Next food frontier : Fish that never swam. Plant based substitutes and laboratory cultures crop-up in restaurants.

The chef Tsang Chiu King is preparing a subtle-but-significant change to his menu : He's replacing the fish in some dishes with a plant-based alternative.

''Its flavor is light and bland and the texture, like grouper, is a bit tougher,'' Mr. Tsang said, referring to the alternative fish varieties he has been testing at Ming Court Wanchai, a restaurant in Hong Kong. To intensify the flavor, he adds ingredients like dates and goji berries.

Plant-based products have been breaking into the foodie mainstream in the United States, after years in which vegan burgers and milk alternatives hovered on the market's periphery.

That is aptly because more companies are focusing on omnivores who seek to reduce the amount of meat they eat, rather than forswear it altogether.

Now, as sophisticated fish alternatives begin to attract investment and land at restaurants in the United States and beyond, people who track the fishless fish sector say that it could be on the cusp of significant growth.

One reason, they say, is that consumers in rich countries are becoming more aware of the seafood industry's environmental problems, including overfishing and the health risks of some seafood. Another is that today's plant based start-ups do a better job of approximating fish flavor and texture than earlier ones did - an important consideration for non-vegetarians.

'' This isn't your grandfather's alternative fish stick,'' said Joshua Katz, an analyst at the consulting firm  McKinsey who has studied the alt protein industry.

There are already a number of people already looking at alternative hamburgers,'' he added. ''You might actually say, ' I should work on something else.' and seafood is still a massive market with compelling reasons to work on it.''


People who scale back their consumption of  animal proteins for environmental reasons often stop eating red meat, which requires enormous amounts of land and water to cultivate and belches a lot of methane as a byproduct.

But alt-fish advocates say that seafood also comes with environmental problems. Unsustainable fishing practices have decimated fisheries in recent decades, a problem both for biodiversity and the millions of people who depend on the sea for income and food.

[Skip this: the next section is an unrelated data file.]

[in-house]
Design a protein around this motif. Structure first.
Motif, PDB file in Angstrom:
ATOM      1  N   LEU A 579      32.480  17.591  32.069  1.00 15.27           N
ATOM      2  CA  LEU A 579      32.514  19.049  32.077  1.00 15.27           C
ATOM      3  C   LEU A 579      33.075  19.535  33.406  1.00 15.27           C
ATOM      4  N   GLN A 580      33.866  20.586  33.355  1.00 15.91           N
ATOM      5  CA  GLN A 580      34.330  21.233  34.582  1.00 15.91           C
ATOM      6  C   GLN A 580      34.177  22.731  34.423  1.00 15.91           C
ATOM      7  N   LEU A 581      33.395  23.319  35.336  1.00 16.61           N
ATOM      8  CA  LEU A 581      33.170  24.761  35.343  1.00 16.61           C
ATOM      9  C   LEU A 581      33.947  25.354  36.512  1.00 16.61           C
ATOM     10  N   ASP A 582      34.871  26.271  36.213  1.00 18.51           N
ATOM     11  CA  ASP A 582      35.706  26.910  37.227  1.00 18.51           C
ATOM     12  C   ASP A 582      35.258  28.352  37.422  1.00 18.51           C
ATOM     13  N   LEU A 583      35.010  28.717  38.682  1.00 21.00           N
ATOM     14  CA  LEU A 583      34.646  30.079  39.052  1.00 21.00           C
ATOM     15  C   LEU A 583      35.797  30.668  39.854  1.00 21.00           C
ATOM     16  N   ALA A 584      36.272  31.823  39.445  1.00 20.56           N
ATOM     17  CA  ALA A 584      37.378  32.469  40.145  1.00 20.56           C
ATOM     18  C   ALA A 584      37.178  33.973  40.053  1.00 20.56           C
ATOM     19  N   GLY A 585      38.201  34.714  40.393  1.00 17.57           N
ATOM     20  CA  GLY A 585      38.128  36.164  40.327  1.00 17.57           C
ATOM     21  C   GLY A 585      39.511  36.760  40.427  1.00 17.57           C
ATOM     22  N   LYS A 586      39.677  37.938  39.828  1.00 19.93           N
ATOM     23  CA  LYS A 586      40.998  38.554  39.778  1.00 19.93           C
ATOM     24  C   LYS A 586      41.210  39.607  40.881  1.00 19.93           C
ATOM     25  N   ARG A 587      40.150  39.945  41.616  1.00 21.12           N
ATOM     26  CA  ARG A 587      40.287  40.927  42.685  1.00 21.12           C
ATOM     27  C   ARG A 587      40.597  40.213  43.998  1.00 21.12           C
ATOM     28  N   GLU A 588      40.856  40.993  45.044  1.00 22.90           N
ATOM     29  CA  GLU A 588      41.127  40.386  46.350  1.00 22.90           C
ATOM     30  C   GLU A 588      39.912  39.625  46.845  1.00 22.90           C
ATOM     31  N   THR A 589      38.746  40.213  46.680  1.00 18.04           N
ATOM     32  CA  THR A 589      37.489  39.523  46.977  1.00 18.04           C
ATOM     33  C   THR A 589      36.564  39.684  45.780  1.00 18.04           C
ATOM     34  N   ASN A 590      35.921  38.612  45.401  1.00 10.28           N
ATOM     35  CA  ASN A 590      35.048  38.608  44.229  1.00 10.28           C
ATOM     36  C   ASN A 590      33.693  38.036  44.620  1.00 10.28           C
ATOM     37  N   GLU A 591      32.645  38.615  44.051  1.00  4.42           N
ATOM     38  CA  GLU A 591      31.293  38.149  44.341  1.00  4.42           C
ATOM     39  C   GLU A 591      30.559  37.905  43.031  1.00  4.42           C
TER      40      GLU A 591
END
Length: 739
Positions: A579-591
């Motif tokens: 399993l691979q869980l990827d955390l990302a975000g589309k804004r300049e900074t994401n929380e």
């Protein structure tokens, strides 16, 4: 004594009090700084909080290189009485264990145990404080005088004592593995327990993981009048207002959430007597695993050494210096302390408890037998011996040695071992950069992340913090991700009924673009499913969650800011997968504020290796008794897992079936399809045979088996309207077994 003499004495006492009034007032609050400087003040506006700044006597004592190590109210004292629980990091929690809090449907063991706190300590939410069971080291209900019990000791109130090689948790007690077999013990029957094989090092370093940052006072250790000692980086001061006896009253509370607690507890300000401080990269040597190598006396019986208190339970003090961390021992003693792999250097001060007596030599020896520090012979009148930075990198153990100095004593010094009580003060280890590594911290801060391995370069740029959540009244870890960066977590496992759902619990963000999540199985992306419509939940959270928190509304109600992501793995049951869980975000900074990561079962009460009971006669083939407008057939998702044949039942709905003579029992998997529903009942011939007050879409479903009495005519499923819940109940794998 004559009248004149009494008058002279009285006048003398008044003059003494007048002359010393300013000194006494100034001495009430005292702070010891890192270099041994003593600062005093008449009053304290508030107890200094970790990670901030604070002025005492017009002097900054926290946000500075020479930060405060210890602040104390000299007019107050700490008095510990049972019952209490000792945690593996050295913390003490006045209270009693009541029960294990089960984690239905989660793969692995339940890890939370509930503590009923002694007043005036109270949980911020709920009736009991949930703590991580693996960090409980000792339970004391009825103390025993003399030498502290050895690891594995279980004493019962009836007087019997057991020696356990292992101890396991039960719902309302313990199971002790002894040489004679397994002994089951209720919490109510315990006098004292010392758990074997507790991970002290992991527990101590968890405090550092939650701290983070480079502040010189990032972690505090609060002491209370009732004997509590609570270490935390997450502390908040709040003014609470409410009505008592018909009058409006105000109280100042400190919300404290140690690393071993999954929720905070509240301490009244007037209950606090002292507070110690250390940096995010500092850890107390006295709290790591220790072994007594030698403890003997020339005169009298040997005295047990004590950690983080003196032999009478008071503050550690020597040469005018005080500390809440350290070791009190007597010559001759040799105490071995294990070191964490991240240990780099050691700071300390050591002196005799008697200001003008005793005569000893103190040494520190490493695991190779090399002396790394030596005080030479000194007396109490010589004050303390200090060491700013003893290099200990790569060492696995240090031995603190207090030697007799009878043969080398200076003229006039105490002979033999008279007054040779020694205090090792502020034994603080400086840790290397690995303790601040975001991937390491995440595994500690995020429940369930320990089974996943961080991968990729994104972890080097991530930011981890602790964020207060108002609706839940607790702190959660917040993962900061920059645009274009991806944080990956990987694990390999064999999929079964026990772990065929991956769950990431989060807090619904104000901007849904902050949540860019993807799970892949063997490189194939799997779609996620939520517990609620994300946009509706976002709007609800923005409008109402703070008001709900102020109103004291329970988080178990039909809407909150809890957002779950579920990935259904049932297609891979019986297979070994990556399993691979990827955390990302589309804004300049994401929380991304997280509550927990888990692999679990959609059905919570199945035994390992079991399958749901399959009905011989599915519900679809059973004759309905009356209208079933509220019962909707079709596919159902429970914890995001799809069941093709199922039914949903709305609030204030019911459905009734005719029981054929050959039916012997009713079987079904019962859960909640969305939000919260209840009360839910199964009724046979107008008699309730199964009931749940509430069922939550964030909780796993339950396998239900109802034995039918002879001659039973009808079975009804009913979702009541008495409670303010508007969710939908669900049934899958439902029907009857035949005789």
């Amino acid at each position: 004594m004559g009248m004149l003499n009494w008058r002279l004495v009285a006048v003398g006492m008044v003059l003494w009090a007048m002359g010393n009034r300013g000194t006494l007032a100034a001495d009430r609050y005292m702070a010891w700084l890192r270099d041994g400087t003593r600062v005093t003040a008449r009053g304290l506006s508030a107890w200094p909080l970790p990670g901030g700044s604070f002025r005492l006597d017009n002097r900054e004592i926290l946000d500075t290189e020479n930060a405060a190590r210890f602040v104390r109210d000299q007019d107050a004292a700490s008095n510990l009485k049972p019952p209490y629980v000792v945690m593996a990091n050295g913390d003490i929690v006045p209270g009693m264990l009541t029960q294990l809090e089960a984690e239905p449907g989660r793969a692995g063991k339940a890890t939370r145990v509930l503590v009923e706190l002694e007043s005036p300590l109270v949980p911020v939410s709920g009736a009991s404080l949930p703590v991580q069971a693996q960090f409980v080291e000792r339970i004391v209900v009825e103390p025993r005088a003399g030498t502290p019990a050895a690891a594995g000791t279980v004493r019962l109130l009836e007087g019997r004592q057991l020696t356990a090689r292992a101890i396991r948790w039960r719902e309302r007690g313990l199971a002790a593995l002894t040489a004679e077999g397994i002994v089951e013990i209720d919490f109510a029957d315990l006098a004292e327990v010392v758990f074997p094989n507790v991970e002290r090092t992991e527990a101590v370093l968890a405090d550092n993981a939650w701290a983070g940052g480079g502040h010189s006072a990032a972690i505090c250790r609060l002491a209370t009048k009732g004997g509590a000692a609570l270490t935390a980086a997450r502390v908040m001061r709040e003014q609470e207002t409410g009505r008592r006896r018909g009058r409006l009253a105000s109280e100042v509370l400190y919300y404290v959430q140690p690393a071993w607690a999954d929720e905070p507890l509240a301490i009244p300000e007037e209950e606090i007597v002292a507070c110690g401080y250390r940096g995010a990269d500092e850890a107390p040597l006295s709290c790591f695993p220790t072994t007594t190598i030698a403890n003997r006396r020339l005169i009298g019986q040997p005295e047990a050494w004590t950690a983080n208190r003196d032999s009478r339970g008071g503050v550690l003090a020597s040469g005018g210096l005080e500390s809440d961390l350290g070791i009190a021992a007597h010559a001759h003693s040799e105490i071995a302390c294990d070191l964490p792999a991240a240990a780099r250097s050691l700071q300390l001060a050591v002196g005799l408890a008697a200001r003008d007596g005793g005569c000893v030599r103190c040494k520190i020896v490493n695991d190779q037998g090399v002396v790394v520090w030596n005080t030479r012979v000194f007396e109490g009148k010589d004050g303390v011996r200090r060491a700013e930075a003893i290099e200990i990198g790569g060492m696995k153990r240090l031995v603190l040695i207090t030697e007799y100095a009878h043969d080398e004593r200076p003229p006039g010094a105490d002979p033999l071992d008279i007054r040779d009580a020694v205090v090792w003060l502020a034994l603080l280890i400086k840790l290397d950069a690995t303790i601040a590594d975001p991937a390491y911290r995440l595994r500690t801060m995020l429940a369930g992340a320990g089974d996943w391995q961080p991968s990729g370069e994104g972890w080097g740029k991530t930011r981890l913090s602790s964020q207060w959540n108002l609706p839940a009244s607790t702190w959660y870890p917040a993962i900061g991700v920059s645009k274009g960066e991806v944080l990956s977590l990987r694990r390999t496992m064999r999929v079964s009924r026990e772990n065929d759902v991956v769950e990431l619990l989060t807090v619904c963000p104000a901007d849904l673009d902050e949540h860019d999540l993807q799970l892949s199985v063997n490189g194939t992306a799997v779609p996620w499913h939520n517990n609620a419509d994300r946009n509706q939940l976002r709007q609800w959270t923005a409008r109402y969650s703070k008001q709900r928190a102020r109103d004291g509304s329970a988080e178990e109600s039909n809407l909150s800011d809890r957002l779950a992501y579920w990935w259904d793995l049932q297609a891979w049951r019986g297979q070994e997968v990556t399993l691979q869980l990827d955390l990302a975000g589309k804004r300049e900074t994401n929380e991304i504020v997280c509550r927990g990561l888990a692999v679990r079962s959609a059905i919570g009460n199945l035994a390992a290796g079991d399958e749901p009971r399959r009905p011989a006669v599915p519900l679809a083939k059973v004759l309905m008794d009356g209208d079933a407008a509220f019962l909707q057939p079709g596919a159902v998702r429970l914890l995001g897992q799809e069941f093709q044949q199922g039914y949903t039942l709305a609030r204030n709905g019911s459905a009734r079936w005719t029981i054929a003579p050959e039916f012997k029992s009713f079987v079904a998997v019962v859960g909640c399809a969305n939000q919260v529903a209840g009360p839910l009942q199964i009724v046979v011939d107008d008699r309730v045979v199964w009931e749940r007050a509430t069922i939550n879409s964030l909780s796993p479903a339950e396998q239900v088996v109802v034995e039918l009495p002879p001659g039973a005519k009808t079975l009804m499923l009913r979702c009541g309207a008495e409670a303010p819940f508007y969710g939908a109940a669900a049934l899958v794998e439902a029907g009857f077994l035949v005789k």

''It's simply a smarter way to make seafood,'' said  Mirte Gosker, the acting managing director of the  Good Food Institute Asia Pacific, a nonprofit advocacy that promotes alternative proteins. '' Full stop.''

So far plant-based seafood products in the United States account for only 0.1 percent of the country's seafood sales, compared with 1.4 percent of the U.S. meat market occupied by plant-based meat alternatives, according to the Good Food Institute.

But  alt-seafood ventures worldwide received at least $83 million from investors in 2020, compared with $1 million three years earlier, according to the institute's data.

As of this June, 83 companies were producing alt-seafood products around the world, a nearly three-fold rise since 2017.

All but 18 of those 83 companies focus on plant-based products. Six others, including a French start-up that makes imitation smoked salmon from microalgae, specializes in protein derived from fermentation. A dozen others are developing lab-grown seafood, which is not yet commercially available in any country.


Impossible Foods, a dominant force in the alternative protein industry, has been developing fishless fish project for years. Jessica Appel, a spokeswoman for the company, said that it was not yet manufacturing alternative fish products.

Other big companies are. The California seafood giant Bumble Bee Foods, for instance, said last year that it was teaming with up with Good Catch, a plant-based seafood company in Pennsylvania that sells products like fake fish sticks and crab cakes at Whole Foods and other retailers.

Some start-ups are developing alternative fish protein designed to mimic raw fish.

One of them, Kuleana, sells a plant-based version of sushi-grade tuna at markets in Los Angeles and nationally through the Poke Bar restaurant chain.

Even though breaded fake fish sticks have done well so far, products that try to approximate raw fish will need to improve further, if the industry wants woo non-vegetarians, said Jacek Prus, Kuleana's  chief executive.

''Fundamentally we still need to make the products better,'' he said. ''That's the biggest challenge : How to recreate structure in really, really convincing ways, and mouthfeel?''

EYES ON ASIA : Of the 65 countries currently producing plant-based seafood products, 47 ate outside the United States, according to the Good Food Institute.

People in the industry say the Asia-Pacific region is a logical place to anticipate significant growth, because it consumes more than two-thirds of the world's meals of fish, according to a United Nations estimate.

This important research and  publishing continues to Part 2. The World Students Society thanks authors Mike Ives, Tiffany May and Amy Chang Chien.


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